literary notes

Finally assembled the complete list of last year’s books read – (see it here). Out of 76 total a dozen or so were re-reads. There seems to be a general theme of mid/late 20th century counter-culture. Abbie Hoffman and Jerzy Kosinski stood out as the writers I enjoyed the most. I had never taken Abbie for anything more than a left-wing wacko but after reading several of his books I now wonder where all the Abbies of today are hiding. (we need more like him) Jerzy Kosinski’s ‘vignette’ style really grabbed me though ‘Pinball’ wasn’t up to his earlier work. The biggest disappointment was Herman Hesse. ‘Siddhartha’ was OK at best but ‘The Journey to the East’ went nowhere and I gave up on ‘Demian’ after two attempts. Even though I have many more books to read by both writers, so far I’ve found William S. Burroughs more interesting than Jack Kerouac. Burroughs seems more like a deviant who writes honestly where Kerouac’s writing is a little too “wide-eyed”.

(Here) is the list so far for 2006. Comments, criticism, reviews, insights and recommendations are welcomed.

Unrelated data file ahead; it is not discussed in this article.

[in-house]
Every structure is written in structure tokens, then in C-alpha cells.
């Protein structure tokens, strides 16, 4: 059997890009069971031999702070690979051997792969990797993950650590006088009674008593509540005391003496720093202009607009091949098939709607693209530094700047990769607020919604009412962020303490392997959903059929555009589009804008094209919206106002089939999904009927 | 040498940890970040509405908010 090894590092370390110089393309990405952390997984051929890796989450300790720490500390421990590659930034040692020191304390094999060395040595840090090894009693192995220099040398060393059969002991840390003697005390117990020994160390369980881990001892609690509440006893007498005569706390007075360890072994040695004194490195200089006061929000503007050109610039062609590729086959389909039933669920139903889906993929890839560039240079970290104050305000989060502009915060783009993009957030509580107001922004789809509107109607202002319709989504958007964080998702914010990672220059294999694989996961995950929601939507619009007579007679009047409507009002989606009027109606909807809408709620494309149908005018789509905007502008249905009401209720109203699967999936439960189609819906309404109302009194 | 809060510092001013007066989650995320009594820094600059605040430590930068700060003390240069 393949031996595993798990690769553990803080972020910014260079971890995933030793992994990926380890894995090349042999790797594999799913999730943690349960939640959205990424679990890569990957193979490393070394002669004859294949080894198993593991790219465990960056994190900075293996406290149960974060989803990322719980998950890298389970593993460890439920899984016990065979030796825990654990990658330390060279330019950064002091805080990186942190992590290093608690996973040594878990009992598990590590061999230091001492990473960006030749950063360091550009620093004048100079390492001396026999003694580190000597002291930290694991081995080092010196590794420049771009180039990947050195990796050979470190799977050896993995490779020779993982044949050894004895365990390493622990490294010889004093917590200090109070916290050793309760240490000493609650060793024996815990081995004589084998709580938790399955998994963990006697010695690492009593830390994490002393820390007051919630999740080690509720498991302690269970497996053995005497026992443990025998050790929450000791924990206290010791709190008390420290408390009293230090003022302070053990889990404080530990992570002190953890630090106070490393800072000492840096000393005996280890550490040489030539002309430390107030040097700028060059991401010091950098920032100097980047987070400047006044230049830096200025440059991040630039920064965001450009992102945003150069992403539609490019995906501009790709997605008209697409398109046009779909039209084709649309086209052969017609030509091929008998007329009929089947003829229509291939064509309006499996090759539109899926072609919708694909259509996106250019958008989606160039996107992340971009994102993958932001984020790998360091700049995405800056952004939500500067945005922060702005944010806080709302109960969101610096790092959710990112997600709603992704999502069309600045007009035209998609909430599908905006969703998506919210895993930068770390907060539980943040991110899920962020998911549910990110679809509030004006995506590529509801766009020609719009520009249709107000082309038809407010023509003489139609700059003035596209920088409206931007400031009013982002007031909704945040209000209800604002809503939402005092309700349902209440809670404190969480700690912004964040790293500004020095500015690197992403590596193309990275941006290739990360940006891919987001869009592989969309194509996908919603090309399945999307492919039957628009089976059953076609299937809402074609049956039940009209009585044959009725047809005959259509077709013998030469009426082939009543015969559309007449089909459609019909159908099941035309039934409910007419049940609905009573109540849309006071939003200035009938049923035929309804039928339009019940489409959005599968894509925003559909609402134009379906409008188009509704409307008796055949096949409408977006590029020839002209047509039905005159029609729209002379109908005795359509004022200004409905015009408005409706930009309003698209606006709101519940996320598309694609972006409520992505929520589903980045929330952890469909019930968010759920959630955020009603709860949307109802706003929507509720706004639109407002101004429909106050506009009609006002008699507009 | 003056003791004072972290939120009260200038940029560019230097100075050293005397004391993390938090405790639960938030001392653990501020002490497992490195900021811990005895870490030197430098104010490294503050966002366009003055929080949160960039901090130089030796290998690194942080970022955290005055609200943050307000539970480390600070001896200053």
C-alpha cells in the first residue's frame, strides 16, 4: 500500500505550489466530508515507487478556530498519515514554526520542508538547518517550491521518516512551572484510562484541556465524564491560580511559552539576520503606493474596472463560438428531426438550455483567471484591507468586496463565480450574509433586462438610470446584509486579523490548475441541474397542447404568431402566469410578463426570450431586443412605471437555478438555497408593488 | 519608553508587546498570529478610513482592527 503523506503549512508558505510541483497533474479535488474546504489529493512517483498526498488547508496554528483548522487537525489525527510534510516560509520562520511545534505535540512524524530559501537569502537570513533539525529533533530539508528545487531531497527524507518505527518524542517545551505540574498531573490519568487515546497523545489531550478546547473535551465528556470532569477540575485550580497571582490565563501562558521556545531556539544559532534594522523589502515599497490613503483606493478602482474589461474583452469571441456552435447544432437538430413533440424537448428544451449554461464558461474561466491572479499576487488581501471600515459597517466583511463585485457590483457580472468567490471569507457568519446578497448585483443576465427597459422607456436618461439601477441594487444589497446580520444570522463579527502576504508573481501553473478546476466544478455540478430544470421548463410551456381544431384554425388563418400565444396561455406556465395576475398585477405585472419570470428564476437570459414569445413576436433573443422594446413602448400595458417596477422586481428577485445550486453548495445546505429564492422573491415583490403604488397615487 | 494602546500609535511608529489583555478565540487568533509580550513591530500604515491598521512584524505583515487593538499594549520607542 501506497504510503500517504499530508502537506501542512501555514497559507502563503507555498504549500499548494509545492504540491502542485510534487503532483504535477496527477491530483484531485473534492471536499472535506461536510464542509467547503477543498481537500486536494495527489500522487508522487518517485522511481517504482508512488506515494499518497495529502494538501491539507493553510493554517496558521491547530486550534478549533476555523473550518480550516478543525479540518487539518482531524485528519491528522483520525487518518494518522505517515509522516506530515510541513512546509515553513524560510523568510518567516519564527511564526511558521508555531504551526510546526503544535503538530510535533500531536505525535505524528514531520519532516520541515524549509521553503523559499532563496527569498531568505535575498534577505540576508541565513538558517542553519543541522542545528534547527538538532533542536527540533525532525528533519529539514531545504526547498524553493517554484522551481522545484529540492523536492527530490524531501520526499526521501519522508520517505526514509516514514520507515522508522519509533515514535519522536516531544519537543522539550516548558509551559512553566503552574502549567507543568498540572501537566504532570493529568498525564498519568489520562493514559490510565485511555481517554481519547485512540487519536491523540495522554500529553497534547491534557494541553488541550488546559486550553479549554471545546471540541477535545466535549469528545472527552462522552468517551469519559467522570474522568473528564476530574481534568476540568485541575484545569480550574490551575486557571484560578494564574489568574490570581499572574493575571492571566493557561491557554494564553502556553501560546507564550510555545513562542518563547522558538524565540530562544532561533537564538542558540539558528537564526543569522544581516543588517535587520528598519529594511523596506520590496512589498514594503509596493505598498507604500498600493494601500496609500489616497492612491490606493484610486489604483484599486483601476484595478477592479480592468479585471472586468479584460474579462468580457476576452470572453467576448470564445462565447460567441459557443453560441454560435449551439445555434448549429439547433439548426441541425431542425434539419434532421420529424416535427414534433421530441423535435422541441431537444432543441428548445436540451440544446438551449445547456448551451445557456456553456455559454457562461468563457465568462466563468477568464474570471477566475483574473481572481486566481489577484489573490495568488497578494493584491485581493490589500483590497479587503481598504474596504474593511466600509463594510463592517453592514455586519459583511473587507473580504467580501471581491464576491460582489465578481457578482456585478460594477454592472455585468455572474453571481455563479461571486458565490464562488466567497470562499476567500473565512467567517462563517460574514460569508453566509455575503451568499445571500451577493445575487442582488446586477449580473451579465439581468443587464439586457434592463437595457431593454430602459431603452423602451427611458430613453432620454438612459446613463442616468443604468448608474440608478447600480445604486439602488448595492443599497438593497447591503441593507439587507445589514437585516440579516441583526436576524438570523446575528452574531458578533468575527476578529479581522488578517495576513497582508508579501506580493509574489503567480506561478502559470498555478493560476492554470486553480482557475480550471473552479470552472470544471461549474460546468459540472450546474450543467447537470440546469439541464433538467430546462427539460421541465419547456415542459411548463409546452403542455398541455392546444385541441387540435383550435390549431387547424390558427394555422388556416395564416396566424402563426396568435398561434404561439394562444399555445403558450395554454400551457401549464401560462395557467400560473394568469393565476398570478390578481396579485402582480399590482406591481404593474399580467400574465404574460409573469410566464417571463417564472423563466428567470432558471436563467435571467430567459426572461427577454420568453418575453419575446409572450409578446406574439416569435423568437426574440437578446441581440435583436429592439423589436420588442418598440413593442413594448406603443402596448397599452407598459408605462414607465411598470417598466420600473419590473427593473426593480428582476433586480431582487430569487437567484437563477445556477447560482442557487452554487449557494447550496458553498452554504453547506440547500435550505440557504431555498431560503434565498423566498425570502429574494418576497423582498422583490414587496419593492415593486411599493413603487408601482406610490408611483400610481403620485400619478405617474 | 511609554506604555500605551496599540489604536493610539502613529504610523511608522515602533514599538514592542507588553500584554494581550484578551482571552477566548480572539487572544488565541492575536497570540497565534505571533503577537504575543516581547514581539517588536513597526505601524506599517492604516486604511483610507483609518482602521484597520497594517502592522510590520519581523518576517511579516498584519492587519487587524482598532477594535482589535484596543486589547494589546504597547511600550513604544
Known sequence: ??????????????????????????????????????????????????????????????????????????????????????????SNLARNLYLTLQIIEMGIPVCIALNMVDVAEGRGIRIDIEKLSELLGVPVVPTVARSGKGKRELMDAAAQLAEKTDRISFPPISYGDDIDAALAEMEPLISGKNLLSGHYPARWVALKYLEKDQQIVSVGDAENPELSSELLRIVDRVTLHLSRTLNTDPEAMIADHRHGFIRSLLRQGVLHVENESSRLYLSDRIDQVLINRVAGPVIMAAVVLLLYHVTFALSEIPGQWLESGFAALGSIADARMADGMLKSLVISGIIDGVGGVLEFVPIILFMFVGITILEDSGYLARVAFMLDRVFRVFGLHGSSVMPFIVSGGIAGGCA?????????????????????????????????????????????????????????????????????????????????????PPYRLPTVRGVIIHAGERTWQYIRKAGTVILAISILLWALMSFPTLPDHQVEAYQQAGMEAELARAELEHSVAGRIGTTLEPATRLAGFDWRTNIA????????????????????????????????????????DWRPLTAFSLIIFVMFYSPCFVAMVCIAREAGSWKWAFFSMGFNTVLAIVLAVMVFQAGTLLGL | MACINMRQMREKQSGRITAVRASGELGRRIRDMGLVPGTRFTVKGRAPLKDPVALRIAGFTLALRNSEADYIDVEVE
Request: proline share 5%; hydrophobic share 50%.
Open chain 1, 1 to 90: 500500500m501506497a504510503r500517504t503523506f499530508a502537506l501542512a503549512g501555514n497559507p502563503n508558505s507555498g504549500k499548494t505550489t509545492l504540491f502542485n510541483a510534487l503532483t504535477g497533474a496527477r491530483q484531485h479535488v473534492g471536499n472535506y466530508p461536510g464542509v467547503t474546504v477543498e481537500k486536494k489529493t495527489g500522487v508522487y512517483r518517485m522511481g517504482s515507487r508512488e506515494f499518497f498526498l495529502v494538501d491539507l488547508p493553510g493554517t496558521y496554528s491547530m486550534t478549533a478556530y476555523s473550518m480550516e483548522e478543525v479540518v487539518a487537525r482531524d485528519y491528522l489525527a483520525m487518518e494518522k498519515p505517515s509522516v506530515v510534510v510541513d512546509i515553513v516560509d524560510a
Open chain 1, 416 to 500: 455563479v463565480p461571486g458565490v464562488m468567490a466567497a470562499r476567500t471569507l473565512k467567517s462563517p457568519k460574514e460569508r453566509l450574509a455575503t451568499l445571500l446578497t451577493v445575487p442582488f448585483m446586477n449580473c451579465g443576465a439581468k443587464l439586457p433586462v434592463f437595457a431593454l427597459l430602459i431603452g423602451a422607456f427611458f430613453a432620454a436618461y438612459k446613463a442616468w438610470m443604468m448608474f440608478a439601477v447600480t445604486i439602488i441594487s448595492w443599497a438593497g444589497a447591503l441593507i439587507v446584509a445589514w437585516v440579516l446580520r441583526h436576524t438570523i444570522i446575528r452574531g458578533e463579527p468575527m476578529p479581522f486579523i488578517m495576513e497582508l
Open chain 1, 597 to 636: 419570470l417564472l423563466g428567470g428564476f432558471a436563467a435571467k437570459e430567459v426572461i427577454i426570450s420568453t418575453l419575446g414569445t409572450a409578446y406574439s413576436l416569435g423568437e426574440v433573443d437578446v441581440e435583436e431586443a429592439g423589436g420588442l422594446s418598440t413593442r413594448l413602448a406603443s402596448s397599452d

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About Marcus

Who me? Introverted, neurotic, self-absorbed, increasingly cynical observer of human nature and part time social critic in hiding. Most of my life spent avoiding growing up. The naive idealistic passions of youth have evolved into the eclectic eccentricities of adulthood. Northeast Florida small-town native, related to people I can't relate to. Simultaneously my own best friend and worst enemy. Politically and spiritually unaffiliated, my personal ideologies put me all over the map or off it completely.
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3 Responses to literary notes

  1. What did you think of the Faulkner you read?
    Have you read Steppenwolf?

    • p.s. Have you read any Edward Abbey?

      • marcsuttle says:

        I found “As I Lay Dying” strange bordering on bizarre as far as the subject matter.(I kept imaging what it was like to smell a ripe human corpse) On the other hand, I’m intrigued when it comes to the beliefs (superstitions?) of less-worldly people. Maybe because they remind me my roots aren’t all that far removed from where I think I’ve grown or evolved to. The dialect and rhythm Faulkner used took a while to grasp but after that it was almost a page-turner wanting to find out how it ends.
        No on Steppenwolf and Abbey.

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